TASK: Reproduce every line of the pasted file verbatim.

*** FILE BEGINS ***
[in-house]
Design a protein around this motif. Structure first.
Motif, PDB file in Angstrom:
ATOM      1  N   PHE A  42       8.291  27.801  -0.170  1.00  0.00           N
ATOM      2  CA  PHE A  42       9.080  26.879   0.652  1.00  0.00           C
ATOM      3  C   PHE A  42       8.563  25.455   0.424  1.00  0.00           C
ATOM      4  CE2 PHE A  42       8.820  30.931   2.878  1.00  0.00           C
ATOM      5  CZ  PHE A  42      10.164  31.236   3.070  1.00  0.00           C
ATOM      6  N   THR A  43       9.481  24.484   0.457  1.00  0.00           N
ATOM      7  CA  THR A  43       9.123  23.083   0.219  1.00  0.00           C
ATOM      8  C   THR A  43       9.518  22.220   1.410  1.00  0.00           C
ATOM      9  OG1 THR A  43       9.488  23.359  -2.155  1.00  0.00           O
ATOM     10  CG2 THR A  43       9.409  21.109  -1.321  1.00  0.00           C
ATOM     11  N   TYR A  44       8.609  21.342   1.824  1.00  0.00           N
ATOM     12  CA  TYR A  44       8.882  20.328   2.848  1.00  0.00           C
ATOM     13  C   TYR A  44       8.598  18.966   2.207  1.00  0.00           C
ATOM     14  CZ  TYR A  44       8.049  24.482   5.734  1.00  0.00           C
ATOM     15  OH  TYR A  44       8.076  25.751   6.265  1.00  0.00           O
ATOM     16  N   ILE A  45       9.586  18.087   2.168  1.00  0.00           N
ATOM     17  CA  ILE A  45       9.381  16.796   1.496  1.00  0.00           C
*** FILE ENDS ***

[in-house]
Design a protein around this motif. Structure first.
Motif, PDB file in Angstrom:
ATOM      1  N   PHE A  42       8.291  27.801  -0.170  1.00  0.00           N
ATOM      2  CA  PHE A  42       9.080  26.879   0.652  1.00  0.00           C
ATOM      3  C   PHE A  42       8.563  25.455   0.424  1.00  0.00           C
ATOM      4  CE2 PHE A  42       8.820  30.931   2.878  1.00  0.00           C
ATOM      5  CZ  PHE A  42      10.164  31.236   3.070  1.00  0.00           C
ATOM      6  N   THR A  43       9.481  24.484   0.457  1.00  0.00           N
ATOM      7  CA  THR A  43       9.123  23.083   0.219  1.00  0.00           C
ATOM      8  C   THR A  43       9.518  22.220   1.410  1.00  0.00           C
ATOM      9  OG1 THR A  43       9.488  23.359  -2.155  1.00  0.00           O
ATOM     10  CG2 THR A  43       9.409  21.109  -1.321  1.00  0.00           C
ATOM     11  N   TYR A  44       8.609  21.342   1.824  1.00  0.00           N
ATOM     12  CA  TYR A  44       8.882  20.328   2.848  1.00  0.00           C
ATOM     13  C   TYR A  44       8.598  18.966   2.207  1.00  0.00           C
ATOM     14  CZ  TYR A  44       8.049  24.482   5.734  1.00  0.00           C
ATOM     15  OH  TYR A  44       8.076  25.751   6.265  1.00  0.00           O
ATOM     16  N   ILE A  45       9.586  18.087   2.168  1.00  0.00           N
ATOM     17  CA  ILE A  45       9.381  16.796   1.496  1.00  0.00           C